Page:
Takata says subject of U.S. criminal
probe on air bag flaws
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[November 13, 2014]
By Maki Shiraki and Mari Saito
TOKYO (Reuters) - Japan's Takata Corp
<7312.T> is the subject of a U.S. criminal investigation over
potentially defective car air bags that have been linked to five deaths,
a spokesman said on Thursday.
A federal grand jury in U.S. District Court for the Southern
District of New York has subpoenaed Takata's U.S. unit to produce
documents related to air bag defects, the spokesman said.
The investigation into the Japanese safety-parts maker by federal
prosecutors had been previously reported, but Thursday's statement
is the first indication that a seated grand jury was seeking
The National Highway Transport Safety Administration (NHTSA) has
also issued a special order demanding documents and other evidence
related to air bag defects. Takata has until Dec. 1 to comply with
The company disclosed the probe in a closed-door meeting with
financial analysts, according to an account from one participant.
Takata told the analysts it is not considering adding production
lines to make replacement air bag inflators - the explosive device
that allows the air bag to inflate in a fraction of a second in the
event of a crash - according to the account.
Since 2000, Takata has made more than 100 million inflators,
according to industry estimates and company data. Since 2008, more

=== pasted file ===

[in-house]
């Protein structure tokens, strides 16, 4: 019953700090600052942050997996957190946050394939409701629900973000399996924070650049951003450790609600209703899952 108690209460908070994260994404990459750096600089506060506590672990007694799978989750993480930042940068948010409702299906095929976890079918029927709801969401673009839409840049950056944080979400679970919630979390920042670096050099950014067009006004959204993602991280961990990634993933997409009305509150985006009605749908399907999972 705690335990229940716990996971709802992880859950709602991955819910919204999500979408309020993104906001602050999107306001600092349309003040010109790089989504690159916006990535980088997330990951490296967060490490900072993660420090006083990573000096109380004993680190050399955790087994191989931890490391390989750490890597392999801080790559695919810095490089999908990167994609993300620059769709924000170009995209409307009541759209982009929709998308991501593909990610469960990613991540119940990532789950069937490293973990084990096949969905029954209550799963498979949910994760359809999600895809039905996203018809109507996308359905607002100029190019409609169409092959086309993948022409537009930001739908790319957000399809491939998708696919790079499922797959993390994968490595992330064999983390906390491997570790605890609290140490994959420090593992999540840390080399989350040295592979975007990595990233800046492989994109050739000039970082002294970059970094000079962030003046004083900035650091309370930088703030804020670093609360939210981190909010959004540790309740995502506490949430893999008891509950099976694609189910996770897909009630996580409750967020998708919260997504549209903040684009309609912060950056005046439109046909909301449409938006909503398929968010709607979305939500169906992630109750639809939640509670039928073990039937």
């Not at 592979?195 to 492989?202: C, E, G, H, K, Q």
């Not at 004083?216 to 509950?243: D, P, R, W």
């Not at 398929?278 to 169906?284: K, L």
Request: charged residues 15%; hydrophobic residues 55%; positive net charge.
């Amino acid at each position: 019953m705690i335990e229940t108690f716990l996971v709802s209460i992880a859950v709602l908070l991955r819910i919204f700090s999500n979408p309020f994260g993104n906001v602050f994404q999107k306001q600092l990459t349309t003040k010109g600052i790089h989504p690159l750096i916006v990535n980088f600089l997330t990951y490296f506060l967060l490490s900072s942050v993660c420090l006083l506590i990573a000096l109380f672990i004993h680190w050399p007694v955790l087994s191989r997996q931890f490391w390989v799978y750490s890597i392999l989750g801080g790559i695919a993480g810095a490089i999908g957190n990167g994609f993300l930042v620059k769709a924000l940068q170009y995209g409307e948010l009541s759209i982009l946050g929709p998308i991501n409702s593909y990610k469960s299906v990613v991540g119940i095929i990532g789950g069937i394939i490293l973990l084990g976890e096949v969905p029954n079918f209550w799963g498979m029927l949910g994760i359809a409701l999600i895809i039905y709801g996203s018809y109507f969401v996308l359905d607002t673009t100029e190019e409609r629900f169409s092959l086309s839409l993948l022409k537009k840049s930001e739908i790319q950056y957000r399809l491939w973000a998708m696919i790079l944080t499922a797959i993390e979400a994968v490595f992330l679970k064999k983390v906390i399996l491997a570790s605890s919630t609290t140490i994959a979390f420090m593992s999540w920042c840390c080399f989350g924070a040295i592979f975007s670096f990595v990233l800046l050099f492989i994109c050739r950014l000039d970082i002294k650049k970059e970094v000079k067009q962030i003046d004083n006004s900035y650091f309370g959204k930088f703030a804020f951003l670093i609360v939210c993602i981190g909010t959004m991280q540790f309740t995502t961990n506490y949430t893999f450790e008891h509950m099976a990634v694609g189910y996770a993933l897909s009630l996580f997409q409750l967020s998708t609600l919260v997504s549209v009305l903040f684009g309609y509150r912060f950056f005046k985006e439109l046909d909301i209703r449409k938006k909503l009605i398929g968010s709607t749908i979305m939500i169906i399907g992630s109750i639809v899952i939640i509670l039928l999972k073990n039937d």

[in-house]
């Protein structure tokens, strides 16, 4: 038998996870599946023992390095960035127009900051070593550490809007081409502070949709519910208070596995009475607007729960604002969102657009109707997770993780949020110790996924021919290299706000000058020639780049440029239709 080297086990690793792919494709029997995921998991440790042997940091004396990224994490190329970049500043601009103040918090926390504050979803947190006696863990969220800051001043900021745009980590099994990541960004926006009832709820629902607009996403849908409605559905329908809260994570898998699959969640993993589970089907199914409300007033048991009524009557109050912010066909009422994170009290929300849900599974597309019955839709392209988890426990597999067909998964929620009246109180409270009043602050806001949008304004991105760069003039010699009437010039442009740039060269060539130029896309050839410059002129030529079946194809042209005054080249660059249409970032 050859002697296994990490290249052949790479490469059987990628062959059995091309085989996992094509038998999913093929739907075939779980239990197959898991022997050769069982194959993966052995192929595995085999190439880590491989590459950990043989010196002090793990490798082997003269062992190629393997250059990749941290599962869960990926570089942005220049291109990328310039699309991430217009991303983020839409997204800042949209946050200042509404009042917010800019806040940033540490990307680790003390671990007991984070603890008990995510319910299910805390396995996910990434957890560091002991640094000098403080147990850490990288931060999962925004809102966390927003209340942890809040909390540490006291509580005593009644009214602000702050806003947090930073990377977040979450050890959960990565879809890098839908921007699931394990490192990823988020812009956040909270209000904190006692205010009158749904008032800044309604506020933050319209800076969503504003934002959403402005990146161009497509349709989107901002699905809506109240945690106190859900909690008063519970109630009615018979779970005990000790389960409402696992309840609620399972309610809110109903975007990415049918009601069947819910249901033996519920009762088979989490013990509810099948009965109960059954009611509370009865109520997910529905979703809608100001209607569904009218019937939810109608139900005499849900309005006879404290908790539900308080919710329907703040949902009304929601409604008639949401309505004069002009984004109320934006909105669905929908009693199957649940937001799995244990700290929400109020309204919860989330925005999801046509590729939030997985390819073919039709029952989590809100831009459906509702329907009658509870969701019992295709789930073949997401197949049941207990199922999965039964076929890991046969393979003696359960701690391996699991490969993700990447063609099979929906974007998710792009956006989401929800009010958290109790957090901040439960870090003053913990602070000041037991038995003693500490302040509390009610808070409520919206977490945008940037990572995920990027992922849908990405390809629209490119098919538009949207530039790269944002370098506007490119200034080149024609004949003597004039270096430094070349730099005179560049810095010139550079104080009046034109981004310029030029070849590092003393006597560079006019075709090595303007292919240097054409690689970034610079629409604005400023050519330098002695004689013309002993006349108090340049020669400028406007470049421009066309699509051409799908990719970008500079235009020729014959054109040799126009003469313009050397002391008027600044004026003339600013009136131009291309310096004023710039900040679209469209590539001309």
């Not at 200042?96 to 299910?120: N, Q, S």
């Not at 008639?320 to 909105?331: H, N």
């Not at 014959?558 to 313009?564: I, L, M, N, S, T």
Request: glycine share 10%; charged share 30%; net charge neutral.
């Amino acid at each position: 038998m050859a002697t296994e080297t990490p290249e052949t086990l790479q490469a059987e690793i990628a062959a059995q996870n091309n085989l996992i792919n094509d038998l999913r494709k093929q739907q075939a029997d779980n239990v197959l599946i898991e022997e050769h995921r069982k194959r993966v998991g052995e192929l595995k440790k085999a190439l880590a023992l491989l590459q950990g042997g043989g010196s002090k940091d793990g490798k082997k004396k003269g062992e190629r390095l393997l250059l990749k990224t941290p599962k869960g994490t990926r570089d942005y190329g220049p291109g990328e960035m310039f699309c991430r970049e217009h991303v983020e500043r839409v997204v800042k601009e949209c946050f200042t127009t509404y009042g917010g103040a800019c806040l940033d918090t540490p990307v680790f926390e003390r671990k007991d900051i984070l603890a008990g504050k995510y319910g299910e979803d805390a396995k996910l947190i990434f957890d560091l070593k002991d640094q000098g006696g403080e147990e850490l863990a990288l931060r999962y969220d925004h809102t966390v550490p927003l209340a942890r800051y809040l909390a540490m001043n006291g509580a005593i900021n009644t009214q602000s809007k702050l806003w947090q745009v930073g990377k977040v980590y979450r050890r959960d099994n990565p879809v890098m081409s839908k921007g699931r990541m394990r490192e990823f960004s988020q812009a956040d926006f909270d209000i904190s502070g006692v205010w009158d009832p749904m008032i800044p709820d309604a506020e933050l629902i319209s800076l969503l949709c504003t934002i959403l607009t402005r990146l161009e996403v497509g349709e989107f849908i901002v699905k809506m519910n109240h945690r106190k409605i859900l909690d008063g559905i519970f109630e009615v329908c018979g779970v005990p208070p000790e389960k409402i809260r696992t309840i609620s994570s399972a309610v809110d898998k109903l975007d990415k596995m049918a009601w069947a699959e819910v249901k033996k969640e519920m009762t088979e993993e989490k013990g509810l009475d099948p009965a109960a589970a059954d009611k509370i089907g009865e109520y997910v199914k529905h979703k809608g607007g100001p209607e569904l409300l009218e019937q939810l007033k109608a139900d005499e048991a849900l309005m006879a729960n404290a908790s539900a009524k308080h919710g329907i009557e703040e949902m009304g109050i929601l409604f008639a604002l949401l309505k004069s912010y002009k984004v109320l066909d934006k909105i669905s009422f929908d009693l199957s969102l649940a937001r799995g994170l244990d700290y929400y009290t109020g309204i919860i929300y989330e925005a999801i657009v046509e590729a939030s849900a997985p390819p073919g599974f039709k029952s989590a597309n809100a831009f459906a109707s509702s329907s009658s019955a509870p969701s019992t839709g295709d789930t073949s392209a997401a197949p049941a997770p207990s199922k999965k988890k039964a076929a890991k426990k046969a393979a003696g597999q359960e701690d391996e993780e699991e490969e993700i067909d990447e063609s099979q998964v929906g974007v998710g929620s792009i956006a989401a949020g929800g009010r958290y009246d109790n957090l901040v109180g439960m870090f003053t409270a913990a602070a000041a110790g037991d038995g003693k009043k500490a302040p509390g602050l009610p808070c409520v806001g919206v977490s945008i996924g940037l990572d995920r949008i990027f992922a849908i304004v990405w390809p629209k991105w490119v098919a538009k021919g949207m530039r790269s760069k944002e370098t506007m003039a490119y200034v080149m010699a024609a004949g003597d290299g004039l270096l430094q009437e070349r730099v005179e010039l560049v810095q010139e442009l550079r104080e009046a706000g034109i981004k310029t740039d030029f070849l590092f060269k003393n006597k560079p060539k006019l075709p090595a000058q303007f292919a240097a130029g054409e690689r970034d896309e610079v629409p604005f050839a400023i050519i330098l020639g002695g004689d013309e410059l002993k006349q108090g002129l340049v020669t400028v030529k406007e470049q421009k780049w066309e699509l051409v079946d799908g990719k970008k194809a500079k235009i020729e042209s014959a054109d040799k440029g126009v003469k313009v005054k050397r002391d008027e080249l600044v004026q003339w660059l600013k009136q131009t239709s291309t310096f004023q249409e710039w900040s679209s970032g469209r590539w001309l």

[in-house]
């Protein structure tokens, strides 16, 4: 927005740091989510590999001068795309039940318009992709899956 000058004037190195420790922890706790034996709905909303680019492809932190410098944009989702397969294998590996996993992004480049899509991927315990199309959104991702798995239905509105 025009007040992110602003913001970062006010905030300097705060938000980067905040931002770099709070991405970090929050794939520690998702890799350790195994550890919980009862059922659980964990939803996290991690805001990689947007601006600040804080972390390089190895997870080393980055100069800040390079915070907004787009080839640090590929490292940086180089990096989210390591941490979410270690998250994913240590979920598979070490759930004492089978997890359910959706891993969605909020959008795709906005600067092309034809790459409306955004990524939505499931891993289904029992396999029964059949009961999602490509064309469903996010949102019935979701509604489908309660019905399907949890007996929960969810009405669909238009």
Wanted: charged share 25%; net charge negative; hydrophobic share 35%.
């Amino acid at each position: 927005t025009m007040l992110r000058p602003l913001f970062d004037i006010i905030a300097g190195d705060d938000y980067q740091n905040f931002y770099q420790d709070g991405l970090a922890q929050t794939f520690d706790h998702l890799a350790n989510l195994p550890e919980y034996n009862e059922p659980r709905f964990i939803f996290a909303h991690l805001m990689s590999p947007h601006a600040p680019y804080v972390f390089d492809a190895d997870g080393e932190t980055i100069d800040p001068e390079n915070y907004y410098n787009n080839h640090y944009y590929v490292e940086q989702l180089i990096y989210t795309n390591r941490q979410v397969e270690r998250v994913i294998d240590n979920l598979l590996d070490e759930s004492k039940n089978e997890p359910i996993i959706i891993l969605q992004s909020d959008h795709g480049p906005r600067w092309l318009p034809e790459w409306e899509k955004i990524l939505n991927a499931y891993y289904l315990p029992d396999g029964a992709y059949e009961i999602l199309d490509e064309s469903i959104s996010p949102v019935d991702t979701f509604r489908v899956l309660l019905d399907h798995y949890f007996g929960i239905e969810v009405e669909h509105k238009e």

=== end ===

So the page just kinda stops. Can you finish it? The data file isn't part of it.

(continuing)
than 17 million cars equipped with Takata air bags have been
recalled, including more than 11 million in the United States.
Separately, Takata disputed a recent New York Times report that it
had carried out tests on air bags in 2004 in Michigan and found
signs of defects, but did not report the results to federal
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The company said in a rebuttal statement that it believes the Nov. 6
story "was based on serious misunderstandings of the facts." It said
it was testing air bags for tears to cushions in the air bag
modules, not for inflator ruptures, as reported.
Defective Takata air bags have been found to explode with dangerous
force in accidents, sending shards of metal into the vehicle.
A fifth fatality linked to Takata air bags - and the first outside
the United States - was disclosed earlier on Thursday, when Honda
Motor <7267.T> said a driver in Malaysia died in July after being
hit by shrapnel from a Takata air bag.
All five deaths have been in Honda cars. The Japanese carmaker,
Takata's biggest customer, widened its recall for the defective air
bags by another 170,000 vehicles globally, taking its total recalls
to nearly 10 million vehicles.
(Writing by William Mallard; Editing by Ian Geoghegan)
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